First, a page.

The 2014 edition of the Tour de Pologne will feature a stage finish in Slovakia that may well entice Peter Sagan (Cannondale) to line up, while the race will start in Gdansk to mark the 25th anniversary of free elections in the country and Poland's independence from the Soviet bloc.
The race takes place from August 3-9 and while full details of the Tour de Pologne are yet to be finalised, organiser Czeslaw Lang has sketched out the route in broad brushstrokes. After an unusual Italian start in 2013, that saw proceedings begin with two mountainous stages in Trentino before a rest day and a transfer north to Poland, the race begins on home roads next year.
"The route still needs to be made official, we have to work out some details and get some confirmations, but for the most part we have outlined an overall design for the 2014 Tour de Pologne," Lang said. "It will all start in Poland; after a few years' absence we've decided to return to the north. The stage for the kickoff will most likely be Gdansk, a very important city for its historical, cultural and political background."
The dockyards of Gdansk were the birthplace of the Solidarity movement, the shipbuilders' union led by Lech Walesa that went on to play a major role in the fall of Poland's Communist regime in 1989. The port city had a diverse prior history that saw it pass back and forth between Polish and German control, as well as undergo two separate spells as a free city.
The second stage of the Tour de Pologne is set to begin in Torun, the birthplace of emerging talent Michal Kwiatkowski (Omega Pharma-QuickStep), with a finish in or around Warsaw. Stage 3 and stage 4 ought to have a familiar feel, with finishes planned for Rzeszow, where Thor Hushovd won in 2013, and Katowice, where his BMC teammate Taylor Phinney scored a memorable triumph.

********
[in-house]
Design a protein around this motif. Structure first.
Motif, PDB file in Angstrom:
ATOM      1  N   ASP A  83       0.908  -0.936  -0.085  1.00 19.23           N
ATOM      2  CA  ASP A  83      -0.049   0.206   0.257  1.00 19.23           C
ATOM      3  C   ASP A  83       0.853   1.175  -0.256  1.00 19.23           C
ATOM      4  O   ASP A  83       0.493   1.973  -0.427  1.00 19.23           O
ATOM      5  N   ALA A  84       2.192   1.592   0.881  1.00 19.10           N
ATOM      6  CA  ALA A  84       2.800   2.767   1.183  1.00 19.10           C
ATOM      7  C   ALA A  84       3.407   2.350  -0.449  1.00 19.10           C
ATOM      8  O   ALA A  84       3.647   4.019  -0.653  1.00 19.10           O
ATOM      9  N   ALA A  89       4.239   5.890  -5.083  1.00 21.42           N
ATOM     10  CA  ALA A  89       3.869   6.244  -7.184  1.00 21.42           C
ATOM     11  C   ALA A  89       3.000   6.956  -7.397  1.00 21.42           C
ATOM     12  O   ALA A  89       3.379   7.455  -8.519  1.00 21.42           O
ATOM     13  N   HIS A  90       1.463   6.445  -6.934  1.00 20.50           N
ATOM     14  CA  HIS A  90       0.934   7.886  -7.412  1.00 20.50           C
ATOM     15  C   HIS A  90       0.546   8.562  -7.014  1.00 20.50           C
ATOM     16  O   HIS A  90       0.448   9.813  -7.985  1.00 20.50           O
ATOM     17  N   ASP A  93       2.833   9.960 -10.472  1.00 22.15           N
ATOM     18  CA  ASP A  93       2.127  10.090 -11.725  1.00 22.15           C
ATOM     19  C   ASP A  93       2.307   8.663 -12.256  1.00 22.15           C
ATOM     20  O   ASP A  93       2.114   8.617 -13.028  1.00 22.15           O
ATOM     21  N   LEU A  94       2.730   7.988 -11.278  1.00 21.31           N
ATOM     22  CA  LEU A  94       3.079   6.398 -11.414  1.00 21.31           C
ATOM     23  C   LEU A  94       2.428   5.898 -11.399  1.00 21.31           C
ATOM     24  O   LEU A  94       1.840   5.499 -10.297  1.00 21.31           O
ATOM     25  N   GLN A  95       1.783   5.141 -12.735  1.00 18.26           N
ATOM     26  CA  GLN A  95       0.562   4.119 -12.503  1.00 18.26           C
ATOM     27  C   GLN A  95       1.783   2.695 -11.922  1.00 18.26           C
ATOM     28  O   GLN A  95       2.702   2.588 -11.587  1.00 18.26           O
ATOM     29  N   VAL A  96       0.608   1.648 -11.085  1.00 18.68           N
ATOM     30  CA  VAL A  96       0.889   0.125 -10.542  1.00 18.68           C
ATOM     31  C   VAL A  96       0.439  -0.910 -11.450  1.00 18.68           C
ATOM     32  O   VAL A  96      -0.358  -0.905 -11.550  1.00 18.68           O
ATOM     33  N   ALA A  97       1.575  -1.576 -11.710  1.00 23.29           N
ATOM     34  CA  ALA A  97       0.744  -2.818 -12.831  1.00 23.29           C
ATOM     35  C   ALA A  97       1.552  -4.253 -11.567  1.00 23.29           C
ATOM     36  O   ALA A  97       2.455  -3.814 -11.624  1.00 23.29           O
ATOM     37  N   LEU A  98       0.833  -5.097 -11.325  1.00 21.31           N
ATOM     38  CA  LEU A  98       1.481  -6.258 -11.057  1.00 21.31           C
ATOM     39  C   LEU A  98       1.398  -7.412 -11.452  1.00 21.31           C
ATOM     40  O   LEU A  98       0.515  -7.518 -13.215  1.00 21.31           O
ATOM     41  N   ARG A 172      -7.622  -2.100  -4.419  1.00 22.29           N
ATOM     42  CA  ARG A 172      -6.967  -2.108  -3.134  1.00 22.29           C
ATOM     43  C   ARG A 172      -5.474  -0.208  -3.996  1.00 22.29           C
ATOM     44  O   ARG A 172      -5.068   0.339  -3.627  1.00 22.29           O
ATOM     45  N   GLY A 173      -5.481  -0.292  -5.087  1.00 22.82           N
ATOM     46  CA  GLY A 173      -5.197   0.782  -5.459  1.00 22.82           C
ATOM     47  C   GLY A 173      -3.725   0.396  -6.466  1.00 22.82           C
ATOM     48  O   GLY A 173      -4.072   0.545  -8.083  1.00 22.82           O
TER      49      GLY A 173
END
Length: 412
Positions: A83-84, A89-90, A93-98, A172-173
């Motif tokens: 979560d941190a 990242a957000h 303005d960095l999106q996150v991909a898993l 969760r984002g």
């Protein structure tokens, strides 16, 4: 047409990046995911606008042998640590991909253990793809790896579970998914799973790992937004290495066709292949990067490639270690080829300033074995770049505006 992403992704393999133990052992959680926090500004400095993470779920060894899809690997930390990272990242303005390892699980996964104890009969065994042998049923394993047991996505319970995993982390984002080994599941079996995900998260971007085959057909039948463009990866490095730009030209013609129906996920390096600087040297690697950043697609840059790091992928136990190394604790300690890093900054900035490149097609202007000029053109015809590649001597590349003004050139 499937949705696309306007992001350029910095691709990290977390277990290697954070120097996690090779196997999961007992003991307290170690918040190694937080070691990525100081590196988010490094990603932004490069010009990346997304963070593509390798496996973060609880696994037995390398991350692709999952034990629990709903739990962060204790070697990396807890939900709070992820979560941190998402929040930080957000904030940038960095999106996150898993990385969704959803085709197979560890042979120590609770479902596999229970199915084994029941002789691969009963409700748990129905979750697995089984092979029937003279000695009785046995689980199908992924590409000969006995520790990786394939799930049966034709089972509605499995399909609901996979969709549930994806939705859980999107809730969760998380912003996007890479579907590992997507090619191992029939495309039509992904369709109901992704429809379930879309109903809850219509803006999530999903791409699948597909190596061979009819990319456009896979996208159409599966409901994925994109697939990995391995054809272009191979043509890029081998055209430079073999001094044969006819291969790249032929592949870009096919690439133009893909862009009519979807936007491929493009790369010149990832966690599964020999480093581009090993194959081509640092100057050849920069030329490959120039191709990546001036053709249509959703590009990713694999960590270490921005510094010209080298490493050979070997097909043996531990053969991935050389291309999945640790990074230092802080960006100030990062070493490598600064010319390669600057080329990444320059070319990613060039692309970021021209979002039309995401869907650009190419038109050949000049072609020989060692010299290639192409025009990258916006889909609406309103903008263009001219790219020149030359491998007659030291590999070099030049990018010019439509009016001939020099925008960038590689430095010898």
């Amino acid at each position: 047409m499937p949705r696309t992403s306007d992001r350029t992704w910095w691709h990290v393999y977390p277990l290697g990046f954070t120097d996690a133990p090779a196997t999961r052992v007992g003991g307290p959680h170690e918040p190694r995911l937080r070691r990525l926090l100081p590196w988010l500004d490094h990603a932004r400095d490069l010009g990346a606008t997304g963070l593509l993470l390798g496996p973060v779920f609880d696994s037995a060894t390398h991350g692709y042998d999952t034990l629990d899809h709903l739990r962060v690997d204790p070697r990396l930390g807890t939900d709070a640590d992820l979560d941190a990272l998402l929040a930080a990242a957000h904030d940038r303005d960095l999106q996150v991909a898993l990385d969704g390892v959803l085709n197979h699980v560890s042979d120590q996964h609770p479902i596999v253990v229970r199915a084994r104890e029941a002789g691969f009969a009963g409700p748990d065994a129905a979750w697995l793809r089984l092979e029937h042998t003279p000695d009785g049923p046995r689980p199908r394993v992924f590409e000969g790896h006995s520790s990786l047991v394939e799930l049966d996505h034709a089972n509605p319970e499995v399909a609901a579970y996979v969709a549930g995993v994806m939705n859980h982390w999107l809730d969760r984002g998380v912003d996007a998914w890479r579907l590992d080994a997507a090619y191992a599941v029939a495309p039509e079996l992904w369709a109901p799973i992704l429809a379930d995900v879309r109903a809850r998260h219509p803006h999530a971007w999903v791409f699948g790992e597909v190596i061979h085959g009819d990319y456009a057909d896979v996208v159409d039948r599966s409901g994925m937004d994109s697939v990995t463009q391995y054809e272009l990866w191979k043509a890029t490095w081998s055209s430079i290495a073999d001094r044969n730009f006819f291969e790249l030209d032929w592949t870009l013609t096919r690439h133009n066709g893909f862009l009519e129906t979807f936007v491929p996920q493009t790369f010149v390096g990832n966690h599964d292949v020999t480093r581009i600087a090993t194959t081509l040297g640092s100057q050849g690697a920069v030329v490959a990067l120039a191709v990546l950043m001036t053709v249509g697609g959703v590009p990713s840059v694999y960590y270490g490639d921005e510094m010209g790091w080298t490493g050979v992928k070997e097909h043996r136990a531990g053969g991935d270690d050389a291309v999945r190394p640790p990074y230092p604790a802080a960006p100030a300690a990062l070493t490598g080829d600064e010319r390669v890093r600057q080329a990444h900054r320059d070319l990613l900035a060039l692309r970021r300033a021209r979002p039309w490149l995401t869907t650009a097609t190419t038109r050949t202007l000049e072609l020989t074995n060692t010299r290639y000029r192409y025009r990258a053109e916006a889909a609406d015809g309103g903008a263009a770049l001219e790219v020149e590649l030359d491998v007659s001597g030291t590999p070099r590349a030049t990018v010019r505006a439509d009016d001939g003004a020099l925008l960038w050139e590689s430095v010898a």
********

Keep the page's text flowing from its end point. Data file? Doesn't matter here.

While Lang acknowledged that the opening part of the Tour de Pologne "will feature four flat stages suitable for the sprinters," the race takes on a rather different complexion in its closing days. Stage 5 will bring the peloton into the Tatra mountains, with a probable start in the ski town of Zakopane, and a likely finish over the border in Slovakia.
"It would be the first time this race touched down in that country," Lang said of the proposed Slovakian excursion, a feature that could go a long way towards persuading Peter Sagan to return to the race. Sagan won the general classification and two stages on his last appearance at the Tour de Pologne in 2011, and attracted a sizeable Slovak following on stages in the south of the country.
The penultimate stage will take place on a circuit around Bukowina Tatrzanska, where Sagan and Dan Martin (Garmin-Sharp) dueled in 2011, while the last day will again feature an individual time trial in Krakow. "It will be around 30 kilometres in length, like the one we had this year where the contenders battled it out for the yellow jersey until the last minute," Lang said.
Pieter Weening (Orica-GreenEdge) won the 2013 Tour de Pologne, while Bradley Wiggins (Sky) claimed victory in the final time trial in Krakow.